I think it is about time the ability to cite authors in the possesive form is provided in endnote.
My reviewers always criticize this omission and so I have to manually insert the 's before forwarding a document. It does not always work as expected.
How about it?
I am surprised that you feigned incredulity at my inquiry. Your response suggests that you are unfamiliar with the possessive noun in in-text citations. Let me provide an example.
“To summarize, building on Bolton, Brunnermeier, and Veldkamp’s (2008) idea that resoluteness is a form of overconfidence.” (Kaplan et al., 2012).
The idea belongs to the authors in the citation and should be explicitly expressed in the sentence. Without the apostrophe ‘s’ , the sentence sounds a bit dry. What is the mystery in this?
See this blog for an explanation: http://blog.apastyle.org/apastyle/2013/06/forming-possessives-with-singular-names.html
Can’t this be achived by entering “Bolton, Brunnermeier, and Veldkamp’s” manually, then inserting (Bolton, Brunnermeier, and Veldkamp, 2008) with EndNote and then use the remove author function? The end result will be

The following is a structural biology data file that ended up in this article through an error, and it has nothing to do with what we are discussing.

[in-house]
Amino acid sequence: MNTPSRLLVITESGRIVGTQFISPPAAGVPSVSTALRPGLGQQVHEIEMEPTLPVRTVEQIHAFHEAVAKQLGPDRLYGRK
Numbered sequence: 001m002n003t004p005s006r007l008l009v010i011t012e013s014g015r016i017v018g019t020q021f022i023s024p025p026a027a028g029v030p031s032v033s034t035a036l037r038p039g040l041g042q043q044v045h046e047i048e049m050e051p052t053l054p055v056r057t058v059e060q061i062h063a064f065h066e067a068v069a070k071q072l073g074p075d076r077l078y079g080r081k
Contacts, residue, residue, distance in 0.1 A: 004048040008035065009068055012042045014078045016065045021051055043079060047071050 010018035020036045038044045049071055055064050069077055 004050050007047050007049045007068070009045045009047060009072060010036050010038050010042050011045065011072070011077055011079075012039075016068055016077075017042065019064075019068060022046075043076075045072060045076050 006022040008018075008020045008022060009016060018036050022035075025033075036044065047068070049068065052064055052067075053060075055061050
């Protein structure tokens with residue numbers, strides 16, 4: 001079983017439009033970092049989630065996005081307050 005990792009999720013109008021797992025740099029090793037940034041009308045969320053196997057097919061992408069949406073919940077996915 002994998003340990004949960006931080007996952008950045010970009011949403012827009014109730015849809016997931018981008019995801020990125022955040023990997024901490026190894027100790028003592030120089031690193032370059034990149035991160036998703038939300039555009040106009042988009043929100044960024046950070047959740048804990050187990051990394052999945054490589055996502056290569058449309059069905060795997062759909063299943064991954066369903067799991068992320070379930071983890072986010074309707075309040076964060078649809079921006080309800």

Bolton, Brunnermeier, and Veldkamp’s (2008)
It is not a construct I ever use, I guess. I think the fact they finally allowed an Author (Year) format was a great step forward, but not something I really wanted either.
The solution is to go back to the old format where we hide the author and type in exactly what you want (as suggested below by Jan Ove).
I stress I have nothing to do withe Endnote or as a developer. I am a scientist and a long time user of the product. I don’t work for TR, so don’t tar TR with my incredulity. I liked Endnote when it was a clean and uncomplicated add-in – the more complicated it gets, the more unexpected behaviours it displays. (and the harder it is for the developers to get it to work with each new iteration of Microsoft products).
hence my “Huh?” sorry.